Re: Backwards thinking - forced re-connect
- From: Jeff Liebermann <jeffl@xxxxxxxxxx>
- Date: Mon, 22 Dec 2008 13:38:06 -0800
On Mon, 22 Dec 2008 13:58:00 -0600, "Lloyd E. Sponenburgh"
Jeff Liebermann <jeffl@xxxxxxxxxx> fired this volley in
Otherwise, use a connection tool that manages connections by MAC
address instead of just SSID. For example:
<http://www.wifihopper.com> ($18 students, $35 other)
This way, you can manually select the strongest AP to connect.
Yeah... I've got the Intel Pro-Set wireless tool, and it has that
I suspect a competent programmer could put together a background task
that "watched" signal levels, and did the same steps automatically as
if by hand.
But I did not say, and should have, that each of these zones can have
a different SSID. In fact, that would be appropriate in order to
identify their association with a specific building.
Would that change the nature of the task?
Welcome to the search for the holy grail. In this case, it's called
Methinks you're asking for the impossible (or the rediculous). All
the fast roaming specs are based on one assumption, that you want to
connect to a specific network as identified by a specific SSID. If
you want to connect to *ANY* random network, regardless of SSID, the
algorithm must be very different. For example, you will need a list
of included acceptable SSID's. You'll also need an exclusion list to
avoid black holes, slow networks with strong signals, and other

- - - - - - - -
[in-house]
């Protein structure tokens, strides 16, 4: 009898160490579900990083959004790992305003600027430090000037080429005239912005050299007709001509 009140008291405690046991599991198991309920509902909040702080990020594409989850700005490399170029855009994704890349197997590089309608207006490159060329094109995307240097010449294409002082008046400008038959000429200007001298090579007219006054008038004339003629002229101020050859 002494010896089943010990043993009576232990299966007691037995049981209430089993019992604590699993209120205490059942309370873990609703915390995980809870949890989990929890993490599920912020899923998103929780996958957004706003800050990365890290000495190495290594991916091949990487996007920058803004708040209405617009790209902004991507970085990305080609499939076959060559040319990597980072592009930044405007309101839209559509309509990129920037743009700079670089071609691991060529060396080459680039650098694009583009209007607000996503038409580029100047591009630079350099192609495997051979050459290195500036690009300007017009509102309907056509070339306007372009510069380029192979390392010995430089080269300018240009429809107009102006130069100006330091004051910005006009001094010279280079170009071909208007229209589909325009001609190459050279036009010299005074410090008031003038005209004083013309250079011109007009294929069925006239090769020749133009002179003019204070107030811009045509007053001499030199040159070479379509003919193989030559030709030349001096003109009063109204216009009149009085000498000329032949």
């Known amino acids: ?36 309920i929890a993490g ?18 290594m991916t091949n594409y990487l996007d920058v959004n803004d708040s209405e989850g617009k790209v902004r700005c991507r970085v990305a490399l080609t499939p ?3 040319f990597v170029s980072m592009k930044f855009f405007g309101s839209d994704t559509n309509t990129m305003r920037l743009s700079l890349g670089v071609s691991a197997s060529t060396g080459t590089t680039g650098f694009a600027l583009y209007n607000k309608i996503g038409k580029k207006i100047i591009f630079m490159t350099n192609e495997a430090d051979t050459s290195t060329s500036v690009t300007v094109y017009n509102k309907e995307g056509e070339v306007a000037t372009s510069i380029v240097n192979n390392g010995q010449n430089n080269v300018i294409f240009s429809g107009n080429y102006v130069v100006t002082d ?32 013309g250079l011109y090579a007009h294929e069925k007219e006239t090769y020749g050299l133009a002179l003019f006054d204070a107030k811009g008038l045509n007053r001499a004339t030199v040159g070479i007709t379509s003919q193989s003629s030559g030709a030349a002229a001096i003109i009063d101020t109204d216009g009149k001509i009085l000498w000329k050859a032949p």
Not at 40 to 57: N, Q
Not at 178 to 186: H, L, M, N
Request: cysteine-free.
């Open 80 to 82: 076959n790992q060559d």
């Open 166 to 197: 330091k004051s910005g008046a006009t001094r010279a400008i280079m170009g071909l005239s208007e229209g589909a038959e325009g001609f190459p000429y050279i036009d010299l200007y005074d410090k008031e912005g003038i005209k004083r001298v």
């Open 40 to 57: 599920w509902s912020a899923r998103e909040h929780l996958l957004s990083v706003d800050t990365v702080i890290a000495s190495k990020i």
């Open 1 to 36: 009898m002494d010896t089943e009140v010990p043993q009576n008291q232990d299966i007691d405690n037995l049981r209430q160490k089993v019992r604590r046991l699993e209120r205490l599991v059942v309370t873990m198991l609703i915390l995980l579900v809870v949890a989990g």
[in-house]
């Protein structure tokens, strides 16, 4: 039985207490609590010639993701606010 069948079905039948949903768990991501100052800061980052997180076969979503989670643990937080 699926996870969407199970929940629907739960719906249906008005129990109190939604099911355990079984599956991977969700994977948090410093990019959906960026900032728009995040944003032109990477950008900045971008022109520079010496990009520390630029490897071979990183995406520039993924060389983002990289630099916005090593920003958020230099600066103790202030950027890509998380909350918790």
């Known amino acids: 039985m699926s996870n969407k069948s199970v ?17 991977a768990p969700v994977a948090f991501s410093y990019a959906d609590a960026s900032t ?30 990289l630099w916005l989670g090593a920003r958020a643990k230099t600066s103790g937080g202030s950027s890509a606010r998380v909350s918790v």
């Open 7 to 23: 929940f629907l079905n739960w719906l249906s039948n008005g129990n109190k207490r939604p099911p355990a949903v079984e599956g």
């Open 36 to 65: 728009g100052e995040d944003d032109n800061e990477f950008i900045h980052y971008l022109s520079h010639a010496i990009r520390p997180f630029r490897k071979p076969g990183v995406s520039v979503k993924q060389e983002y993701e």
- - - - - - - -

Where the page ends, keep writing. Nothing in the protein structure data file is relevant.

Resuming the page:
undesireables. Fortunately, there is software that does some of this.
It has a list of known open access points and automatically connects
you when in range. However, under the surface, it's just another
wireless connection manager. I've played with it on my XV6700 Windoze
Mobile phone. No conclusions yet.
If this is unacceptable, someone (not me) can scribble a VBS script
that takes the output of the Windoze network status commands, filters
the mess for SSID, signal strength, SNR, or whatever your fancy, and
determines whether to change connections. It's easy enough in Vista,
where the incantation:
netsh wlan show networks mode=bssid
delivers the desired info. However, to do the same with XP or W2K
would require a program the excavates the numbers from the NDIS
driver. Once you have the data and decision mechanism, it's
impossible to swap AP's without losing the IP address. Well, not
exactly. If your network of AP's has Cisco or 3com proprietary
roaming features, you can do seamless roaming. But with a random mix
of commodity routers, forget it. The best you can do is issue a
disconnect command to the driver, and then reconnect to the new AP.
If I find anything useful, I'll send it your way, but offhand, I
suspect this is a major project.
Jeff Liebermann jeffl@xxxxxxxxxx
150 Felker St #D http://www.LearnByDestroying.com
Santa Cruz CA 95060 http://802.11junk.com
Skype: JeffLiebermann AE6KS 831-336-2558
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